Assessing Forest Carbon Stocks

Carbon Loss from Fire

An analysis of the major drivers of deforestation in the REDD project area concluded that the most significant driver of deforestation is fire. In fact, we estimate that upwards of 60% of the project area landscape burns every year, which is mostly due to fires used to clear forest area for farmland burning out of control during the mid-to-late dry season.  A model developed by our partner, the University of Edinburgh (UoE), estimates between 0.5 and 1 tonne of carbon per hectare of dry forest can be lost from fire every year.

MCDI will focus its efforts to improve carbon stocks by working with communities to effectively manage fires and avoid uncontrolled burning in community forests (learn more here). Depending on revenue earned and MCDI’s ability to expand its REDD work in south-eastern Tanzania, total emissions reductions could amount to anywhere between 520,000 – 1,850,000 tCO2e over a ten year period.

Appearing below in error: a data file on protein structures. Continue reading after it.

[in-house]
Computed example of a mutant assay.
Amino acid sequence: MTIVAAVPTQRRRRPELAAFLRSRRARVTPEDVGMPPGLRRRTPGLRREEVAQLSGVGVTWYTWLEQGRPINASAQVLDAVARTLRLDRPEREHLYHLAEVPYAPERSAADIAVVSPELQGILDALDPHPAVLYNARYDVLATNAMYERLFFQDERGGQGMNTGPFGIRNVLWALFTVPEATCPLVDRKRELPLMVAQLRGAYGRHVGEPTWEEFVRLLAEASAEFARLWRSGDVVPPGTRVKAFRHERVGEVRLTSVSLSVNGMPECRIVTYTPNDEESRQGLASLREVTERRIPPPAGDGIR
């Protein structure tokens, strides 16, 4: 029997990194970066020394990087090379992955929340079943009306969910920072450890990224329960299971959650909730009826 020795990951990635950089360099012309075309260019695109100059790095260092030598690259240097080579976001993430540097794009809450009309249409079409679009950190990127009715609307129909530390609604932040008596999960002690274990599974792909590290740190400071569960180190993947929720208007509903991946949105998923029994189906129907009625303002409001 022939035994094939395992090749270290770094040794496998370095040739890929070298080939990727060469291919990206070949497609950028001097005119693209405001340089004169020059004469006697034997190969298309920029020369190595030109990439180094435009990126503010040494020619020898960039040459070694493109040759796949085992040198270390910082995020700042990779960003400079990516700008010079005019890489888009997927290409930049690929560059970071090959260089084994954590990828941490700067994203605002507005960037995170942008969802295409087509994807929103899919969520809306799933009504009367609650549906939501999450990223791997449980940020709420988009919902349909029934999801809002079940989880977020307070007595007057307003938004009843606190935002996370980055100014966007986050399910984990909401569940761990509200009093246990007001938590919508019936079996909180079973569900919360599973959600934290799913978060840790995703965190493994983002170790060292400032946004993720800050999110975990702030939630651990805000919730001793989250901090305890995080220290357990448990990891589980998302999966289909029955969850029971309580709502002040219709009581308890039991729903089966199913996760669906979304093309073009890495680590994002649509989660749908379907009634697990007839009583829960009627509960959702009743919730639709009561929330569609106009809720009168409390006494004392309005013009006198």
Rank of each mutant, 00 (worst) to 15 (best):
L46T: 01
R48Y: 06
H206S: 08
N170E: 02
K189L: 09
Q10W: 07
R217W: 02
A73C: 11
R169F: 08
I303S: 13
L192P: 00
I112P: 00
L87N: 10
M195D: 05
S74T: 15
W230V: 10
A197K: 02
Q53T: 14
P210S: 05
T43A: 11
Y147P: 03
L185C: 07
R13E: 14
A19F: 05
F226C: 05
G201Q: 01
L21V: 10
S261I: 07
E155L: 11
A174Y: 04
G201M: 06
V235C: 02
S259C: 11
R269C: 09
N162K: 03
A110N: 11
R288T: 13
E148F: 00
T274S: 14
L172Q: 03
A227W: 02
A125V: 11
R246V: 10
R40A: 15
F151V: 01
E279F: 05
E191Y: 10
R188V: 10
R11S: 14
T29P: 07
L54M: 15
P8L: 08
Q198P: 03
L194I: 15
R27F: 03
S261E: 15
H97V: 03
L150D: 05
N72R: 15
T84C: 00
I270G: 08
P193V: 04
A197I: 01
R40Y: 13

Monitoring Carbon Stocks

In order to monitor the annual carbon savings from effective community based forest management efforts, we will need to use a powerful and robust methodology for detecting carbon stock changes.  Specifically, we will look at the changes in carbon stocks from avoided large tree mortality and from the regeneration of seedlings and saplings.  To measure such changes over time we have selected to use the ‘GapFire’ model, which was developed by UoE to predict the response of forests to different fire regimes.  The model has already been used to measure the impacts of fire in Mozambique and Zimbabwe, and we are working with UoE to adapt the model for our project.

Once the GapFire model has been adapted to meet our needs, we can predict the carbon savings from implementing community fire management initiatives. However, while the GapFire model will allow us to predict future carbon stocks in the woodlands under improved community fire management, the actual values will need to be verified using other monitoring methods, such as monitoring large size permanent sample plots, monitoring individual trees (especially large trees) and using remote sensing technology.